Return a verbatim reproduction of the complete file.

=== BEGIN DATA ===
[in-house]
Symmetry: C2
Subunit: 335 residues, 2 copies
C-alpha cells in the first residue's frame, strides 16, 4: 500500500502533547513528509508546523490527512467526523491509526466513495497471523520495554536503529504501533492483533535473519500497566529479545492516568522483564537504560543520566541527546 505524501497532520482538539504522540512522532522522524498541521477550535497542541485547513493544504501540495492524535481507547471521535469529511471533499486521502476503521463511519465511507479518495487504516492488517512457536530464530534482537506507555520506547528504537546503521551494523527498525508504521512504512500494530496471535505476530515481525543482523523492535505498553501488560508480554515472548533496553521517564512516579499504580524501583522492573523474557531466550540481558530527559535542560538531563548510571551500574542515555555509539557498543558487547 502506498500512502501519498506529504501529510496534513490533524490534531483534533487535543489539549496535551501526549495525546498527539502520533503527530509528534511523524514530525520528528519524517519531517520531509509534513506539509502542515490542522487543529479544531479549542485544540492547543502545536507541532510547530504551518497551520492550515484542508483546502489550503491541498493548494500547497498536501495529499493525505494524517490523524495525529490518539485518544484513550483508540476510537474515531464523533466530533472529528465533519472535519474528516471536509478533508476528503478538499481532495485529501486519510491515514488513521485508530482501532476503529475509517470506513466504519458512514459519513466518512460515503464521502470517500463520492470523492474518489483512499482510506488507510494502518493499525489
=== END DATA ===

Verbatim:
[in-house]
Symmetry: C2
Subunit: 335 residues, 2 copies
C-alpha cells in the first residue's frame, strides 16, 4: 500500500502533547513528509508546523490527512467526523491509526466513495497471523520495554536503529504501533492483533535473519500497566529479545492516568522483564537504560543520566541527546 505524501497532520482538539504522540512522532522522524498541521477550535497542541485547513493544504501540495492524535481507547471521535469529511471533499486521502476503521463511519465511507479518495487504516492488517512457536530464530534482537506507555520506547528504537546503521551494523527498525508504521512504512500494530496471535505476530515481525543482523523492535505498553501488560508480554515472548533496553521517564512516579499504580524501583522492573523474557531466550540481558530527559535542560538531563548510571551500574542515555555509539557498543558487547 502506498500512502501519498506529504501529510496534513490533524490534531483534533487535543489539549496535551501526549495525546498527539502520533503527530509528534511523524514530525520528528519524517519531517520531509509534513506539509502542515490542522487543529479544531479549542485544540492547543502545536507541532510547530504551518497551520492550515484542508483546502489550503491541498493548494500547497498536501495529499493525505494524517490523524495525529490518539485518544484513550483508540476510537474515531464523533466530533472529528465533519472535519474528516471536509478533508476528503478538499481532495485529501486519510491515514488513521485508530482501532476503529475509517470506513466504519458512514459519513466518512460515503464521502470517500463520492470523492474518489483512499482510506488507510494502518493499525489